Dizziness is a fairly common presenting complaint with a lifetime prevalence of 30% in general population (Filippopulos et al., 2017). It is a whirling feeling; you may be unbalanced and/or lightheaded. Dizziness itself is not a disease but rather a symptom of many. If you are dizzy, then there could be a few reasons for that, one of which is vertigo. But first lets review the inner ear anatomy to fully understand what causes dizziness.
The ear consists of the three (3) following parts:
- The Outer Ear (Figure 1) – The auricle or fleshy part of the visible ear, the ear canal and the outer tympanic membrane or eardrum.
- The Middle Ear (Figure 2) – this part of the ear lies within the skull (temporal bone). It consists of three tiny bones whose main function is to transmit vibrations from the eardrum to the inner ear. The three bones are the Malleus, Incus, and Stapes.
- The Inner Ear (Figure 3)
Figure 1: Anatomy of the Outer Ear
Figure 2: Anatomy of the Middle Ear
Figure 3: Anatomy of the Inner Ear
Focus: The Inner Ear
The inner ear (See Figure 3), or the innermost part of the ear is responsible for hearing and maintaining balance. It is located in the bony labyrinth, which is lined by a membranous labyrinth. The inner ear broadly consists of two parts; the cochlea works for detecting sounds and the vestibular system is responsible for your balance and orientation. The vestibular system consists of the three semicircular canals, the saccule and the utricle. The vestibular system interacts with your eyes and the muscle receptors in your feet and spine. The signals from all these are received by the brain to maintain balance.The three semi circular canals are superior, posterior and horizontal. The two canals are positioned horizontally and vertically and the third is at 30° angle from the horizontal. The semi circular canals are filled with fluid called the endolymph that helps in determining your orientation in space and when you are in circular motion.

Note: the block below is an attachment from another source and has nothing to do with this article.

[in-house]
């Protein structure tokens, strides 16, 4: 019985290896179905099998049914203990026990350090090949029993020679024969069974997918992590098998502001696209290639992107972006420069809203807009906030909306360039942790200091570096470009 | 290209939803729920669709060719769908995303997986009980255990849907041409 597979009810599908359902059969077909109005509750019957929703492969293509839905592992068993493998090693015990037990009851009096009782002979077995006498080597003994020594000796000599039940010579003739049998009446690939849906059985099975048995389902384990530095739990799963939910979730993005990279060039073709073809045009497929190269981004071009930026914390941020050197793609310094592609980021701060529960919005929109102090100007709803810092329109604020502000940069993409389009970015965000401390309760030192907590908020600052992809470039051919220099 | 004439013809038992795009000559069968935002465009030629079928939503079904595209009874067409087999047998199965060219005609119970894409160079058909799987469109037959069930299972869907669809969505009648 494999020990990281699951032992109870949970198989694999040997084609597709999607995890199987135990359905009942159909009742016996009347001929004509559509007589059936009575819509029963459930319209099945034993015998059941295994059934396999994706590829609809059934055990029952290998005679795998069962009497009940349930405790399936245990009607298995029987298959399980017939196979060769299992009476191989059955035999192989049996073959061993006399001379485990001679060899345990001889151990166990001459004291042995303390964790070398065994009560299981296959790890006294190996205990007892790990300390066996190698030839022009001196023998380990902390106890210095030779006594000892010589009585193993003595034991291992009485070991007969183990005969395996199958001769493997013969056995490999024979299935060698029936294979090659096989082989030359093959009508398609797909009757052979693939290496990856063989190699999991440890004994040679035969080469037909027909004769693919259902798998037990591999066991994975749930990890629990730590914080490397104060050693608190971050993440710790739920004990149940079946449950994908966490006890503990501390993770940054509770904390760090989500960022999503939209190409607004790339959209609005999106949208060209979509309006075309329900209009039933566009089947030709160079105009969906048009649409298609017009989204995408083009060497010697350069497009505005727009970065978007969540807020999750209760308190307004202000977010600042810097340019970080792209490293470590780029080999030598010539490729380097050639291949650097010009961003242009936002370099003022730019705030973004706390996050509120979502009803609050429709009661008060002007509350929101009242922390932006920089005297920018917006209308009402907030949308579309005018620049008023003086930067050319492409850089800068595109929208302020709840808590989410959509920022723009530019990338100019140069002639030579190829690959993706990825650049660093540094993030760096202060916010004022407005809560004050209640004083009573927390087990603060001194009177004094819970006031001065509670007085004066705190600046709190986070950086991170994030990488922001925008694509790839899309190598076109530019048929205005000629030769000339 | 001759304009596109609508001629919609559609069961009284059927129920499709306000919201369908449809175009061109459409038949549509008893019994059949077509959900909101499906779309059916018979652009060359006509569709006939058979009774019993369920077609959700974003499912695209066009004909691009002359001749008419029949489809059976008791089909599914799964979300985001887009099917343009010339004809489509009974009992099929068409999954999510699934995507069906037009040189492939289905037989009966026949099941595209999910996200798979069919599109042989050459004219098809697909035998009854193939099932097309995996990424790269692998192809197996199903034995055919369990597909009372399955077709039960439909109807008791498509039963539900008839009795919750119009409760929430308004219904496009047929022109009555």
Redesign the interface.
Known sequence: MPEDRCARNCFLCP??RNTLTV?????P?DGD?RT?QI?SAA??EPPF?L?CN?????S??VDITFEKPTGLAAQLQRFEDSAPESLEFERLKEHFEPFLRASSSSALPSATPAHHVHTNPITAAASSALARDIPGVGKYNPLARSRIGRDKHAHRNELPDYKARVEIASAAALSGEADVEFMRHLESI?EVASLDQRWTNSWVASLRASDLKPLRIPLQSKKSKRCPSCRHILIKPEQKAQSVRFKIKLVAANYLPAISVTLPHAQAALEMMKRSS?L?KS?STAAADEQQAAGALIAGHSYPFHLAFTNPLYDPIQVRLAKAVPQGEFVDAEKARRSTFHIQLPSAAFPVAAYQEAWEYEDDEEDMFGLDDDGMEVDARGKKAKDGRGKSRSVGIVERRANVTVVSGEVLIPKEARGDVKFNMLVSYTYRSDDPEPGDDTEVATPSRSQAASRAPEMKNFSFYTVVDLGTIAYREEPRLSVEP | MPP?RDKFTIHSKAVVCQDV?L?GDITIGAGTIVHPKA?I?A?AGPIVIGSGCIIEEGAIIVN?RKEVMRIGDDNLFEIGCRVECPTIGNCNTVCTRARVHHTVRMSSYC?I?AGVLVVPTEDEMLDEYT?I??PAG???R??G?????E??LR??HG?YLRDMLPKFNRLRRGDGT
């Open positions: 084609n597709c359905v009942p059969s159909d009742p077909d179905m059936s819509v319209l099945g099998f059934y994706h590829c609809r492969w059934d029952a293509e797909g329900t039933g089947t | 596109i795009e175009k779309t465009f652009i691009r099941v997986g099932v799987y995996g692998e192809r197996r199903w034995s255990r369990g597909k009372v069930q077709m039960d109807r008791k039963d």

In 1825, Jean Pierre Flourens discovered the function of the semi circular canals by destroying the horizontal ones in pigeons and noting that the pigeons continued to fly in a circle (Pearce, 2009). The different orientations of the semi circular canals cause them to get stimulated relative to the movement of your head. When you move your head, the endolymph in your inner ear moves too and stimulates the hair cells. This in turn, stimulates your vestibular nerve to send information to your brain about your position.
What is Vertigo?
So back to vertigo: If it feels like you are spinning or the room around you is spinning, then it can be rotational dizziness or vertigo. There can be multiple types of vertigo:
Types of Vertigo
Benign Paroxysmal Positional Vertigo (BPPV)
This is one of the most common causes of vertigo. It is characterized by repeated short periods of dizziness that usually lasts less than one minute. There may be associated nausea with BPPV. The underlying reason is the tiny bits of calcium carbonate known as otoliths that are moving freely in the endolymph. There are several maneuvers to help determine the side of BPPV (Dix-Hallpike Maneuver) and to help restore the crystals to their correct position (Epley’s Maneuver, Half-Sommersault, Log-Roll)